Ray Leopold was born in Waterbury, Connecticut on December 13, 1914, the son of a Jewish immigrant from Latvia. He graduated from Wilby High School in 1933 and became a mortgage broker. He was drafted in September 1943, and after basic training was assigned to the 16th Armored Division and sent to Ft. Smith Arkansas for training. Then, the Division was disbanded and Leopold was shipped to Europe as a replacement infantryman. In the fall of 1944, he was assigned to the 28th Infantry Division, which (including Tom Galloway of Mobile) had recently arrived in the Ardennes after suffering terrible losses in the Hurtgen Forest.
In late November, Leopold was shot in the thigh while on guard duty. He crawled back to his dugout and, because his unit's medic had been killed a few days earlier, he used a German first aid kit and treated his own wound. Soon thereafter, his commanding officer made him a medic and assigned him to K Company, 3rd Battalion, 112th Regiment. On December 16, 1944 in Luxembourg, Leopold's Division, was among the first American units to be caught up in the massive German counter-attack that became known as the Battle of the Bulge. Throughout the six week battle, Leopold worried about what would happen to him if he were taken prisoner, and hid his dog tags (marked with "H" for Hebrew) in his glove.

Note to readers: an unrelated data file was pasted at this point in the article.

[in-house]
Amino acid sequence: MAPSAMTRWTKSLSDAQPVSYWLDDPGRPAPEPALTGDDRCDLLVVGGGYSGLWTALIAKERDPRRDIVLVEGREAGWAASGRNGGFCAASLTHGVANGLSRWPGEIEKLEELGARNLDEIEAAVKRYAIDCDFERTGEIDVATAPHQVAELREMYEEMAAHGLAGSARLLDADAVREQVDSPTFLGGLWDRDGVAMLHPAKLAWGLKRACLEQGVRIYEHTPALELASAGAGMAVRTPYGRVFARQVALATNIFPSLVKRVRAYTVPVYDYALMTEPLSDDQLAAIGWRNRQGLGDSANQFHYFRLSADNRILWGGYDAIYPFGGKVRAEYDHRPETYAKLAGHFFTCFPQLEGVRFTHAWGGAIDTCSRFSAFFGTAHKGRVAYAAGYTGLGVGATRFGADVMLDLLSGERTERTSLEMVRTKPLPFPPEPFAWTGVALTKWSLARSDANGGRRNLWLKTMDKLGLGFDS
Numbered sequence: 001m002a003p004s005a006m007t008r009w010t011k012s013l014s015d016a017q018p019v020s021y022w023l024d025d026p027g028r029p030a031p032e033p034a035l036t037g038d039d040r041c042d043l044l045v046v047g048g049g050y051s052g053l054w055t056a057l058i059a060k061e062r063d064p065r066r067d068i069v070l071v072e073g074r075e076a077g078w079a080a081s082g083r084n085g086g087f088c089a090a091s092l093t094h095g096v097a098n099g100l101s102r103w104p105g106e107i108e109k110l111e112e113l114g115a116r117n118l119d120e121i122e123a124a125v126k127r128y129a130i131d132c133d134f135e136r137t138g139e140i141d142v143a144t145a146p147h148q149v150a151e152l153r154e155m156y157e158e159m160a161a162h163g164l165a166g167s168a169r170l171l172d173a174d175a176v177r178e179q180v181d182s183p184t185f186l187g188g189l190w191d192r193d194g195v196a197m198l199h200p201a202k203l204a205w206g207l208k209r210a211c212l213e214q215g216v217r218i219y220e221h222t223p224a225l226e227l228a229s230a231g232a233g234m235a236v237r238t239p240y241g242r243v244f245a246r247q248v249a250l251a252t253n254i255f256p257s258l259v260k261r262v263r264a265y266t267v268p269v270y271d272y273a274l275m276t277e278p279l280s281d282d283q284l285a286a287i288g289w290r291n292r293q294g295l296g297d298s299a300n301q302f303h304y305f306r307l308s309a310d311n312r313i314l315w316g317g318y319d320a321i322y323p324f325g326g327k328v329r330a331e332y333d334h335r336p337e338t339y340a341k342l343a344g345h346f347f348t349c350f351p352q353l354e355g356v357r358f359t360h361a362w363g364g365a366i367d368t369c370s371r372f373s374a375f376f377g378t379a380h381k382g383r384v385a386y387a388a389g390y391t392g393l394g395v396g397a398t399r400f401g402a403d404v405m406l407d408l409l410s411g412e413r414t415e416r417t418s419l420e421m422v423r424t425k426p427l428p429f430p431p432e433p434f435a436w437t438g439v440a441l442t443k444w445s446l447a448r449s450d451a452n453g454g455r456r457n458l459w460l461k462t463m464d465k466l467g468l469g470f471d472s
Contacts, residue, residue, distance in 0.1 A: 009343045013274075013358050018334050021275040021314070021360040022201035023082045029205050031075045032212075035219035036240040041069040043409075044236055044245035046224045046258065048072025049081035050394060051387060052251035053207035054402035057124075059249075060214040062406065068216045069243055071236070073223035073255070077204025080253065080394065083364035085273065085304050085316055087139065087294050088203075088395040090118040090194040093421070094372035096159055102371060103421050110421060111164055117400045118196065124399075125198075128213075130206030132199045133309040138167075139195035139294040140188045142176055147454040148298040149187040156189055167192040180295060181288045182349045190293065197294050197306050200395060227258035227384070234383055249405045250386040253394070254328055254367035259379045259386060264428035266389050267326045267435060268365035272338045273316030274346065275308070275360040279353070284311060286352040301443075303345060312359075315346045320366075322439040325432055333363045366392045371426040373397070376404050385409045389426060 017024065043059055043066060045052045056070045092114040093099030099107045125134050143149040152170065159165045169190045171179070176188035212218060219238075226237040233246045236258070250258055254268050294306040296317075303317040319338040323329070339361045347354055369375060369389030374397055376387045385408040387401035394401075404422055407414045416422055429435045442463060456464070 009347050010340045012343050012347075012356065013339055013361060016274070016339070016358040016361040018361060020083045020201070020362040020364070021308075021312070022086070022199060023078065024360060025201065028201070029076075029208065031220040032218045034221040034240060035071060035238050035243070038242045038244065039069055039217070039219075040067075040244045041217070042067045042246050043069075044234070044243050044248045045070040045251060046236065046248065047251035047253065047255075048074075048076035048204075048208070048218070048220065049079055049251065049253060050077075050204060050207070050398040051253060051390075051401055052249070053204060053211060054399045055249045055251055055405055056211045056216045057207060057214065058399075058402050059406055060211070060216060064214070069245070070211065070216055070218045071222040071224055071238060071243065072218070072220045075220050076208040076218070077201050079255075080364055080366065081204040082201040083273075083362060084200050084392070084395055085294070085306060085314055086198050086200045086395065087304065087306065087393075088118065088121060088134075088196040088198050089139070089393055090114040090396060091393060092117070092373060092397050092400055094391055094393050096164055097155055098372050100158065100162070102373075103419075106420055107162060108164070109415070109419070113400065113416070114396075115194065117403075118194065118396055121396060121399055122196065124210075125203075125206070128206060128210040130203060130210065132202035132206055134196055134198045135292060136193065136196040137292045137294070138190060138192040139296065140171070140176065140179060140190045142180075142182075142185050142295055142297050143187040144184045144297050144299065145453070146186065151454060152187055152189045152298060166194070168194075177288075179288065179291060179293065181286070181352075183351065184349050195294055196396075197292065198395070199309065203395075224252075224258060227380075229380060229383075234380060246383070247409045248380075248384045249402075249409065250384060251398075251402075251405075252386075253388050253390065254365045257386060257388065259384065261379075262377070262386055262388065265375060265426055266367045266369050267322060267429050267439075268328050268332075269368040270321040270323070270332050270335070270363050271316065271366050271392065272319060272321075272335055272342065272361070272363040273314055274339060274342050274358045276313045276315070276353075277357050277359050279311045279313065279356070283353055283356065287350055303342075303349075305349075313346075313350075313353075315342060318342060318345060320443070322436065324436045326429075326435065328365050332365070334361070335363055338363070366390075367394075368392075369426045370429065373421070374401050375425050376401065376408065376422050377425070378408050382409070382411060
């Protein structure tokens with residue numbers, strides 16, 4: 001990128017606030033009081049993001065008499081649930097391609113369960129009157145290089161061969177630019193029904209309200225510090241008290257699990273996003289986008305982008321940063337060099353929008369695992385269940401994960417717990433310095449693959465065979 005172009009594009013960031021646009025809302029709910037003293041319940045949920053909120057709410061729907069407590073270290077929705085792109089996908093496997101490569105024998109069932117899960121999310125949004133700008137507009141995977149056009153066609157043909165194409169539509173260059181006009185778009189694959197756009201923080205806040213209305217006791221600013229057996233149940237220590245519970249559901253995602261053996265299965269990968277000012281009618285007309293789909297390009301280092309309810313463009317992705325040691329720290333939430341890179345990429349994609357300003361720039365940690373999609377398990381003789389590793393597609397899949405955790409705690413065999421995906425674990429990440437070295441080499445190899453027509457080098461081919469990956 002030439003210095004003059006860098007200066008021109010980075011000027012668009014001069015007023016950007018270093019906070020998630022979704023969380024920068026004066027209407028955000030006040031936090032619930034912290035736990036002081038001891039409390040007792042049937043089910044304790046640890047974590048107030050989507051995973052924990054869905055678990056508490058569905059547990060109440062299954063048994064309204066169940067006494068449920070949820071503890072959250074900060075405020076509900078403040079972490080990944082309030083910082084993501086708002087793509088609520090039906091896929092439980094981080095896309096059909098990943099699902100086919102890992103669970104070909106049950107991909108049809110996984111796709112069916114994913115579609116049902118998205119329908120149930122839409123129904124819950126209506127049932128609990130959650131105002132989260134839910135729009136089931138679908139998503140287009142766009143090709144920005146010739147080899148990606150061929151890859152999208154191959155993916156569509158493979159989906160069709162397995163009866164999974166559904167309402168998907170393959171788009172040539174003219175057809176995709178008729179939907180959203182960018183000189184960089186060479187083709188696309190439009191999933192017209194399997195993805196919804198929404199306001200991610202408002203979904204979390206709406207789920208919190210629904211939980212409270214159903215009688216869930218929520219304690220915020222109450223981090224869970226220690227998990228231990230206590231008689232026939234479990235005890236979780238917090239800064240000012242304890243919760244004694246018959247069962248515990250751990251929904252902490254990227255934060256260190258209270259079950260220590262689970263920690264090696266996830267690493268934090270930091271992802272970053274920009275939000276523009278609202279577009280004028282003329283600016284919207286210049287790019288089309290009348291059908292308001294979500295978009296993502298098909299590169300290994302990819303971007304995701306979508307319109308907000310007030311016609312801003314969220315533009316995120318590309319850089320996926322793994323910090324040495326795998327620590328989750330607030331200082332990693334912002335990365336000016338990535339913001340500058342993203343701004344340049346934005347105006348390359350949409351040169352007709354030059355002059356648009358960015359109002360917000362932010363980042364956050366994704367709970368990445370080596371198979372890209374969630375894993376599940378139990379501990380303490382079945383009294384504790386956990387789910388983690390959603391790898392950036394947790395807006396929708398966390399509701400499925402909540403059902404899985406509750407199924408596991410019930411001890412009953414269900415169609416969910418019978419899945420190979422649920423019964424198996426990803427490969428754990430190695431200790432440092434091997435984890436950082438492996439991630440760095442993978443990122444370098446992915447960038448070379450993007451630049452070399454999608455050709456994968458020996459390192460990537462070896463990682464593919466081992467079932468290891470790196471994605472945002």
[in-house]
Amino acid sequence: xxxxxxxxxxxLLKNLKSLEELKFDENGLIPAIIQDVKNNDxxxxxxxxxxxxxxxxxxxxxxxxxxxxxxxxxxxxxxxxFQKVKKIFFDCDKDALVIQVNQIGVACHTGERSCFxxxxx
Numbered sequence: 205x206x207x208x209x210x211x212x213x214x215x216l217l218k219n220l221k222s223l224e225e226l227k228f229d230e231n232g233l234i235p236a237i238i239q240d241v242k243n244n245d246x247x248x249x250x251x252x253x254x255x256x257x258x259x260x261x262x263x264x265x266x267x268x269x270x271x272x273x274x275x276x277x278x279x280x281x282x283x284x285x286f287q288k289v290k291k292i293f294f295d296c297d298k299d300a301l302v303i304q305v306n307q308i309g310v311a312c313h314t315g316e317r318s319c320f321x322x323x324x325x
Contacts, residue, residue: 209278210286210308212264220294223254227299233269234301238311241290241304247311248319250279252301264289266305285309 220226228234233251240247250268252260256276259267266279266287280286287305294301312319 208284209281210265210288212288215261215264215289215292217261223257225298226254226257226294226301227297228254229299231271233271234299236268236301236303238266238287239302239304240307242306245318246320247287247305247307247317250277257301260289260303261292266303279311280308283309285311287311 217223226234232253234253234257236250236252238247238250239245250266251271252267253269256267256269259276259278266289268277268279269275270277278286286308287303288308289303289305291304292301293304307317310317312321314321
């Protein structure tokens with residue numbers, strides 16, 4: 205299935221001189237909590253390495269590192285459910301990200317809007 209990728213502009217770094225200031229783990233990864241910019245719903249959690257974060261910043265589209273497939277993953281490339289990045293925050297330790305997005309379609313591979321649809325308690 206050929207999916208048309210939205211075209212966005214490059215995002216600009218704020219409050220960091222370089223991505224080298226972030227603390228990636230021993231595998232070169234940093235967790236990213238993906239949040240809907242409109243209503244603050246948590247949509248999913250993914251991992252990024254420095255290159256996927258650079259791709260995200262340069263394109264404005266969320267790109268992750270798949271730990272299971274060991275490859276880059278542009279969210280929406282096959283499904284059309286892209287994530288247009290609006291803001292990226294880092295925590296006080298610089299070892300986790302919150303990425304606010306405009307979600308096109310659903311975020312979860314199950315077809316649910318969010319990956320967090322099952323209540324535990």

After the Bulge, Leopold remained with the 28th as they fought through the rest of the European campaign. From January to March 1945 they were charged with the defense of a series of positions around and along the German border.
In April, when Leopold and his unit passed through the town of Hadamar, Germany, he climbed a nearby hill to see for himself the local hospital, where Nazis doctors had taken the lives of more than 15,000 men, women, and children, and had conducted medical experiments on living human beings who had been deemed "unworthy of life" by Hitler.
Leopold went home on leave in July 1945, expecting to be sent to the invasion of Honshu. He was discharged on Thanksgiving Day 1945, and for a time returned to Waterbury to live. He married, had two children, and eventually became a fund raiser for many Jewish charities.